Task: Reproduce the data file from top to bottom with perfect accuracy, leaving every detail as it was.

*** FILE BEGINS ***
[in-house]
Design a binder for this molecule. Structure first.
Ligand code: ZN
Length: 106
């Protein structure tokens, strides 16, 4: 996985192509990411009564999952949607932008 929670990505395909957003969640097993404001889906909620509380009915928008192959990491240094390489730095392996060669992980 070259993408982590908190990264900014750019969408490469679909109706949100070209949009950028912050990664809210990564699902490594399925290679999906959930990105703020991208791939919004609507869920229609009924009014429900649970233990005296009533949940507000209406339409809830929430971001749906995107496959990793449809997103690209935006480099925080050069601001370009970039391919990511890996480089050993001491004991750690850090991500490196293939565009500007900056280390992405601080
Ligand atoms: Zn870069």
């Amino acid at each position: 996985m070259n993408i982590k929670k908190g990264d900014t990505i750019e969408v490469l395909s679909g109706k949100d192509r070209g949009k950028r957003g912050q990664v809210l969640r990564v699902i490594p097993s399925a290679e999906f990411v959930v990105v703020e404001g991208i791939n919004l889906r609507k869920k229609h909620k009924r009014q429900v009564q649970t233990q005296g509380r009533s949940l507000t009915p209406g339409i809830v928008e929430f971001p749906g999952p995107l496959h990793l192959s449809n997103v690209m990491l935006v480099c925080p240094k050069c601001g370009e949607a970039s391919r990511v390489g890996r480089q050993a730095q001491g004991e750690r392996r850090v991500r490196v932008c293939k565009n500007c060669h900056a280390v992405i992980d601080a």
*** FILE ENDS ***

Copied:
[in-house]
Design a binder for this molecule. Structure first.
Ligand code: ZN
Length: 106
């Protein structure tokens, strides 16, 4: 996985192509990411009564999952949607932008 929670990505395909957003969640097993404001889906909620509380009915928008192959990491240094390489730095392996060669992980 070259993408982590908190990264900014750019969408490469679909109706949100070209949009950028912050990664809210990564699902490594399925290679999906959930990105703020991208791939919004609507869920229609009924009014429900649970233990005296009533949940507000209406339409809830929430971001749906995107496959990793449809997103690209935006480099925080050069601001370009970039391919990511890996480089050993001491004991750690850090991500490196293939565009500007900056280390992405601080
Ligand atoms: Zn870069």
């Amino acid at each position: 996985m070259n993408i982590k929670k908190g990264d900014t990505i750019e969408v490469l395909s679909g109706k949100d192509r070209g949009k950028r957003g912050q990664v809210l969640r990564v699902i490594p097993s399925a290679e999906f990411v959930v990105v703020e404001g991208i791939n919004l889906r609507k869920k229609h909620k009924r009014q429900v009564q649970t233990q005296g509380r009533s949940l507000t009915p209406g339409i809830v928008e929430f971001p749906g999952p995107l496959h990793l192959s449809n997103v690209m990491l935006v480099c925080p240094k050069c601001g370009e949607a970039s391919r990511v390489g890996r480089q050993a730095q001491g004991e750690r392996r850090v991500r490196v932008c293939k565009n500007c060669h900056a280390v992405i992980d601080a």